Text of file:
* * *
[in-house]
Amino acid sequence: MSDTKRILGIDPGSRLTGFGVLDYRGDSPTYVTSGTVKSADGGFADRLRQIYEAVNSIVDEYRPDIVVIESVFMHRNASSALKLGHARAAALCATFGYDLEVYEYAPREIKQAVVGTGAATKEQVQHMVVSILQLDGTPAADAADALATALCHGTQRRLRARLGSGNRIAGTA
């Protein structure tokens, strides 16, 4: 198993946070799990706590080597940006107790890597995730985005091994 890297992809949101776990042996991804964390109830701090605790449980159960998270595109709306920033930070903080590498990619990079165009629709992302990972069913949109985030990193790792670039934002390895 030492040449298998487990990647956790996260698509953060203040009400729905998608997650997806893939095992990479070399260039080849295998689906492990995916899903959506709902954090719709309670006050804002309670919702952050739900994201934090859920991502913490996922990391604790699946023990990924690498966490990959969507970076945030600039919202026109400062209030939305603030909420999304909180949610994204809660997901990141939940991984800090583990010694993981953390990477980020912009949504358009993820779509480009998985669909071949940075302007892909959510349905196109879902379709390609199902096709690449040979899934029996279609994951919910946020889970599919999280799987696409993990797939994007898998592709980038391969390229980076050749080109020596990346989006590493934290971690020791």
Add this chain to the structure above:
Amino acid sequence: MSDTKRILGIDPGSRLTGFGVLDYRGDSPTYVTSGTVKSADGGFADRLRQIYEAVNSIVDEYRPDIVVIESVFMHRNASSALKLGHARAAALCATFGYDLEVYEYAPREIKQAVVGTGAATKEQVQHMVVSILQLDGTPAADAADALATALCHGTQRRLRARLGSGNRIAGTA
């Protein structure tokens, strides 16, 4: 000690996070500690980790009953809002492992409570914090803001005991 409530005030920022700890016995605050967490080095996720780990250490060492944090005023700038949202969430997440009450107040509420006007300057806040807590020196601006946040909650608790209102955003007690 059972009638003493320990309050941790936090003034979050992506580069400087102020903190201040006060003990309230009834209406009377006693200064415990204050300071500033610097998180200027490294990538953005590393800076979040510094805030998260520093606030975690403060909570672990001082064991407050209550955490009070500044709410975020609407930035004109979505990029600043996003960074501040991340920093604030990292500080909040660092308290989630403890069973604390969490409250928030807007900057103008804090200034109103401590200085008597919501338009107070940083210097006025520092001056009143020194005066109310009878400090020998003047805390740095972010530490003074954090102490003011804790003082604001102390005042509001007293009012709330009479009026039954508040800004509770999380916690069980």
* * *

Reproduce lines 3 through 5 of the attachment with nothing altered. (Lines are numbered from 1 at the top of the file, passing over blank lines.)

């Protein structure tokens, strides 16, 4: 198993946070799990706590080597940006107790890597995730985005091994 890297992809949101776990042996991804964390109830701090605790449980159960998270595109709306920033930070903080590498990619990079165009629709992302990972069913949109985030990193790792670039934002390895 030492040449298998487990990647956790996260698509953060203040009400729905998608997650997806893939095992990479070399260039080849295998689906492990995916899903959506709902954090719709309670006050804002309670919702952050739900994201934090859920991502913490996922990391604790699946023990990924690498966490990959969507970076945030600039919202026109400062209030939305603030909420999304909180949610994204809660997901990141939940991984800090583990010694993981953390990477980020912009949504358009993820779509480009998985669909071949940075302007892909959510349905196109879902379709390609199902096709690449040979899934029996279609994951919910946020889970599919999280799987696409993990797939994007898998592709980038391969390229980076050749080109020596990346989006590493934290971690020791």
Add this chain to the structure above:
Amino acid sequence: MSDTKRILGIDPGSRLTGFGVLDYRGDSPTYVTSGTVKSADGGFADRLRQIYEAVNSIVDEYRPDIVVIESVFMHRNASSALKLGHARAAALCATFGYDLEVYEYAPREIKQAVVGTGAATKEQVQHMVVSILQLDGTPAADAADALATALCHGTQRRLRARLGSGNRIAGTA